October 9th, 2013
|09:56 pm - 31 Days of Halloween: Event Horizon|
I do not like the movie Event Horizon.
I am in a minority on this. Over the years, most of my roommates have suggested, at one point or another, that we should watch Event Horizon. I have listened to horror aficionados wax eloquent about its brilliance, and it was once pointed out to me that I wince painfully whenever the movie comes up. I don't think that's true; I'm pretty sure I don't actually do that.
But I do not like Event Horizon for reasons I can't really explain. I find its plot more pedestrian than most people seem to, I find the characters unlikeable, and it has always seemed to me like an incomplete story. It was only thanks to an Io9 story a couple of months ago that I learned the movie is incomplete. Wikipedia says that 35 minutes of material were cut to create the film we're familiar with. 35 minutes is a staggering amount of time, and the missing footage is (apparently) lost forever, but I don't think I care.
So how did I come to voluntarily watch a movie that I already dislike so much? On Tuesday nights I get together with a group of friends and watch movies. Usually good ones, sometimes bad ones. Our other choices last night were Killer Klowns from Outer Space, Jesse James Meets Frankenstein's Daughter, and Dracula vs. Billy the Kid. When presented with two evils, I, like Mae West, always pick the one I've never tried before. In this case, it's four evils, and I've seen all but Dracula movie. I more or less know that Dracula vs. Bill the Kid will be a masochistic experience, though, so I've been avoiding it. I'd have gone with Killer Klowns, but the group voted and decided on Event Horizon. Yes, I am writing this after the fact, but hey, you got your review yesterday, didn't you? Stop whining.
So, for the uninitiated, Event Horizon is the story of a salvage and rescue mission gone bad. In the year 2040, the Event Horizon, a ship powered by experimental warp technology, disappears on her maiden voyage. Seven years later her distress signal is received from a decaying orbit around Neptune. The Lewis and Clark is been dispatched to Neptune to salvage the ship and rescue survivors, but when they arrive, they find no life, just logs showing that the crew went insane and killed each other. The salvage team begin their work, but they start to have violent and frightening hallucinations. Meanwhile, Dr. Weir, the designer of the warp technology, is having a difficult time figuring out exactly where the ship has been all this time.
Where the Event Horizon has been, apparently, is outside the universe. As Dr. Weir explains, the Event Horizon's gravity drive has the ability to bridge two points in space by generating a black hole. "No big deal," he says. "We also generate a really big cork to stopper it up." No, he doesn't really say that.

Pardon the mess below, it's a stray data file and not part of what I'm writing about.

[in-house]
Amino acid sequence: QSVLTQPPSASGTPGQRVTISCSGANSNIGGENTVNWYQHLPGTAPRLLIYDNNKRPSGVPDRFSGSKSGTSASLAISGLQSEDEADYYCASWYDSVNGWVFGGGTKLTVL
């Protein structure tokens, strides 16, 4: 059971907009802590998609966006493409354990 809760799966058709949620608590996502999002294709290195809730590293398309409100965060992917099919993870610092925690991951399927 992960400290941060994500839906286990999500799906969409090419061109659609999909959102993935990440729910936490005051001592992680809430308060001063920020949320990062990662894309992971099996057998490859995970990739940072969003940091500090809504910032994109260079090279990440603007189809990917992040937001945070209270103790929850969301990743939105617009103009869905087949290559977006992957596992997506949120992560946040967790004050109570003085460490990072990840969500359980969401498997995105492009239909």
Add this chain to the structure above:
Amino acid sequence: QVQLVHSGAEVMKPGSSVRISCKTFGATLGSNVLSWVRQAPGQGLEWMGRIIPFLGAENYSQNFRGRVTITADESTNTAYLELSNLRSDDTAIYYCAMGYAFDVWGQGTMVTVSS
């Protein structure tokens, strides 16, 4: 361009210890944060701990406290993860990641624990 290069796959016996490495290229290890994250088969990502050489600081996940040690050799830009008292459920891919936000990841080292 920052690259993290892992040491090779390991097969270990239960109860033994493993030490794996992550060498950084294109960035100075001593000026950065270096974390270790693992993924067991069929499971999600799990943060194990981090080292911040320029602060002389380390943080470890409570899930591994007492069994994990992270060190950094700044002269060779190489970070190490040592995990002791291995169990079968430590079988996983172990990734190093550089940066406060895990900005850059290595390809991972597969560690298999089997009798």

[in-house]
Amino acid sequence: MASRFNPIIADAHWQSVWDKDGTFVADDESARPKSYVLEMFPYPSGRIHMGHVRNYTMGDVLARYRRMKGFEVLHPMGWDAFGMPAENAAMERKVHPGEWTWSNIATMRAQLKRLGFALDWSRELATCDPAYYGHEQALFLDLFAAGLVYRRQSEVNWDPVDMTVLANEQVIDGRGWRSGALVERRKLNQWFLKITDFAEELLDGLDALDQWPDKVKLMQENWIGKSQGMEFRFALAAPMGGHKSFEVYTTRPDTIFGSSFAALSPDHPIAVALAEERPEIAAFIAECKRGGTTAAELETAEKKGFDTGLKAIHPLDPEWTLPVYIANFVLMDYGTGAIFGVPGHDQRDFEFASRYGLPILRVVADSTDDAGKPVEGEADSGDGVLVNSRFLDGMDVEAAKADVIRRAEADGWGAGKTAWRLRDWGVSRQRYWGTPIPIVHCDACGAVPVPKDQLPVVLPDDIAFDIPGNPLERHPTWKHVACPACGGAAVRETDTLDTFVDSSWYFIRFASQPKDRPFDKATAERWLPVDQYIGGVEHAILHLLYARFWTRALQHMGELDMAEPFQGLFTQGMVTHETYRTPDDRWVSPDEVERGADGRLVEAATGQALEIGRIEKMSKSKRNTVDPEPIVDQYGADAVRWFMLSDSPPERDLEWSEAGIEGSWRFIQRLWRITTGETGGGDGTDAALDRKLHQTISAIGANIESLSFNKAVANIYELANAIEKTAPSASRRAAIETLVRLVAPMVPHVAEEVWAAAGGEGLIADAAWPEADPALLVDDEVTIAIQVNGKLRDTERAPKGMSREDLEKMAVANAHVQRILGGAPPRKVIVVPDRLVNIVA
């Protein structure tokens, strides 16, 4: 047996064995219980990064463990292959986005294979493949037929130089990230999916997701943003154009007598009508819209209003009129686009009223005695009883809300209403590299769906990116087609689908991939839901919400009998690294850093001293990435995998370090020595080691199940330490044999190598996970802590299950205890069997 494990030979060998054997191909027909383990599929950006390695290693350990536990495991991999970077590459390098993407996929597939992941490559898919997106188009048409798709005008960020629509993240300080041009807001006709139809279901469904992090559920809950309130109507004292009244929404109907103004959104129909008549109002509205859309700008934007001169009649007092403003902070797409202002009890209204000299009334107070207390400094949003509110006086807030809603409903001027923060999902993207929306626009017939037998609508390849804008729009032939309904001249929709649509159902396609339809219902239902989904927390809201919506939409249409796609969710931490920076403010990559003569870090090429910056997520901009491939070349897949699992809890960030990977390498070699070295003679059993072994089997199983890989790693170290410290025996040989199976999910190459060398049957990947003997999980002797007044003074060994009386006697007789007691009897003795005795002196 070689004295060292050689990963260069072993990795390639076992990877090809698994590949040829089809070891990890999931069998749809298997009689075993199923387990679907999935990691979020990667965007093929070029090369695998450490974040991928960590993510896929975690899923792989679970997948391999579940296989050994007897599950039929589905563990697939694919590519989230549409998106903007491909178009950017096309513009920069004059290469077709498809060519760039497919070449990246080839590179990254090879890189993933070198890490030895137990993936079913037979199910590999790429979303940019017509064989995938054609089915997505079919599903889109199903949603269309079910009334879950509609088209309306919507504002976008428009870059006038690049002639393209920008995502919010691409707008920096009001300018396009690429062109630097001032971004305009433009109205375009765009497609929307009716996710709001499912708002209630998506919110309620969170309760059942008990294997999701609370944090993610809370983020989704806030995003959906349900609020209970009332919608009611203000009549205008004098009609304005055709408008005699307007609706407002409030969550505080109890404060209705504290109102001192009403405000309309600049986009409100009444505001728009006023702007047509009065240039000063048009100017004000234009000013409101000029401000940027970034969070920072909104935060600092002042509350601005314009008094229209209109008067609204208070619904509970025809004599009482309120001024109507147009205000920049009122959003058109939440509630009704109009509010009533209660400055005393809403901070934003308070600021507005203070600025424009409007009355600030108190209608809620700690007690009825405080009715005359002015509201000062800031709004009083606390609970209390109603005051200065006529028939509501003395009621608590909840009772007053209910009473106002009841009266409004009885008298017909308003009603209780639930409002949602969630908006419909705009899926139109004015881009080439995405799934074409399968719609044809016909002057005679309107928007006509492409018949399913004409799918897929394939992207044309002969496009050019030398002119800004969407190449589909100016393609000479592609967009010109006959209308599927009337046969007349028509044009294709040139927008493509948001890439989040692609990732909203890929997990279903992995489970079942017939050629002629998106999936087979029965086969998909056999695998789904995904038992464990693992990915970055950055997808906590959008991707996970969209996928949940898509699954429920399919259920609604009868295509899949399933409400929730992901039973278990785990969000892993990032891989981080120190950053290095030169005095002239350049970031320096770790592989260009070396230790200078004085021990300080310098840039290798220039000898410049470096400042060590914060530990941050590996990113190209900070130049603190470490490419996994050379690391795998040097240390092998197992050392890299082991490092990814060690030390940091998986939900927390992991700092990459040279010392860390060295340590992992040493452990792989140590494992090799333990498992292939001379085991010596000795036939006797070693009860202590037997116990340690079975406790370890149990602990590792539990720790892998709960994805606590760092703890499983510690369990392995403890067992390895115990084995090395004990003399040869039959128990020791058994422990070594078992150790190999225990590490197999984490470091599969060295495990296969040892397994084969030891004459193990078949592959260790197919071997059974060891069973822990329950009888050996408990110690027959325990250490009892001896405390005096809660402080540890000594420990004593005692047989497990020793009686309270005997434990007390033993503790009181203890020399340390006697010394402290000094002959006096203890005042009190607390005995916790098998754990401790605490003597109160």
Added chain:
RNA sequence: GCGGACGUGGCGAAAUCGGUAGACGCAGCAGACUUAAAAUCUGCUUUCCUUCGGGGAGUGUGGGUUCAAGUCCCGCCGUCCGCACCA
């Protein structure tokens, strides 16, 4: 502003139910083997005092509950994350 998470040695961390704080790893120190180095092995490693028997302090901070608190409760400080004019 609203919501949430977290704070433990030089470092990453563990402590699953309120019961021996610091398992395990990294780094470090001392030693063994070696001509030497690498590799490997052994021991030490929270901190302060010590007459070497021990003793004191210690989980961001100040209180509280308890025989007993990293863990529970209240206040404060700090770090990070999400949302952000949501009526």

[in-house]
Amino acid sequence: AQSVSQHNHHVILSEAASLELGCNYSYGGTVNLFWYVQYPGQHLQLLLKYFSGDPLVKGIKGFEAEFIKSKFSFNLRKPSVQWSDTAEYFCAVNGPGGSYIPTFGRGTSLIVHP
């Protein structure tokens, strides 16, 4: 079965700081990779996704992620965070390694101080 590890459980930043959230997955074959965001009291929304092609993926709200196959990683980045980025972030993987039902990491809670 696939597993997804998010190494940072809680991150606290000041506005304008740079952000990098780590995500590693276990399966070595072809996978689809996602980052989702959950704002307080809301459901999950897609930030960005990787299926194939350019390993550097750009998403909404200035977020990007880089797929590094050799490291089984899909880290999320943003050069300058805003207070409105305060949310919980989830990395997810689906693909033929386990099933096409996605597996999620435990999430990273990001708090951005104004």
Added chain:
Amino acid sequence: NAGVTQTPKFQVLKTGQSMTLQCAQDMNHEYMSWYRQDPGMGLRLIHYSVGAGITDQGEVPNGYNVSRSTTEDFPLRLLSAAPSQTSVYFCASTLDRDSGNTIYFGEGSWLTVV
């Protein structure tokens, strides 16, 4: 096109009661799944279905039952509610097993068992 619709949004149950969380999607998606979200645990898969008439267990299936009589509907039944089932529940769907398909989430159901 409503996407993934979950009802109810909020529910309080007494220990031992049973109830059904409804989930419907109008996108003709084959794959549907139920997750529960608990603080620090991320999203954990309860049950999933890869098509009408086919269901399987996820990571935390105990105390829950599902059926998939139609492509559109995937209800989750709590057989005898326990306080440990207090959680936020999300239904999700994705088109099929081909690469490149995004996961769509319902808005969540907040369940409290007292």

Anyway, the ship has been somewhere else, and it has brought something with it. The "somewhere else" might be Hell--that word sure gets tossed around a lot. At any rate, the mission becomes much more difficult when Dr. Weir starts actively trying to return the ship to wherever it's been.
The performances are servicable. Everybody does a good job screaming and being harrowed, and dying in agony when the script calls for it. They say things like, "it shows you things" and "the darkness inside me" with the kind of conviction that only an actor can muster. Laurence Fishburne does a fine job as Captain Miller, the no-nonsense commander of the mission, and when he cracks (because everyone in this movie cracks), it is appropriately tragic. Sam Neill gives Dr. Weir a believable emotional arc until he flies off the rails and scratches out his eyes. It might not work in a realistic drama, but you can get away with that stuff in a horror movie.
You know what I dislike about Event Horizon? It's the fact that every supernatural sci-fi story seems to tread the same ground, as if Science has nothing better to do than open portals to Hell. Do writers really have no other ideas? Has't this dead horse already been pretty well flattened by Doom and Project RAINBOW, and 20% of the stories featuring space marines?1 Event Horizon is Hellraiser in space, but without the interesting characters. Actually, Hellraiser IV: Bloodline is also Hellraiser in space, but without the interesting characters. I will grant, at least, that Event Horizon is a better movie than Hellraiser IV: Bloodline. Slightly.
Actually, maybe the quality of Event Horizon's filmmaking is its greatest tragedy. It's a well-made film that does nothing for me. Paul W.S. Anderson is a good director who makes bad movies (Mortal Kombat, Alien vs. Predator, the remake of Death Race...), and IMDB tells me that he writes most of them, too. He turned down X-Men to make Event Horizon. People trust him with a big budget, so clearly these are the movies he wants to make. I'd like to see his skills applied to a better screenplay, but I'm not holding my breath because he doesn't seem to want to make the kind of movies I want to watch.
Click here for the trailer.
1 The other 80% involve hyper-intelligent beetles.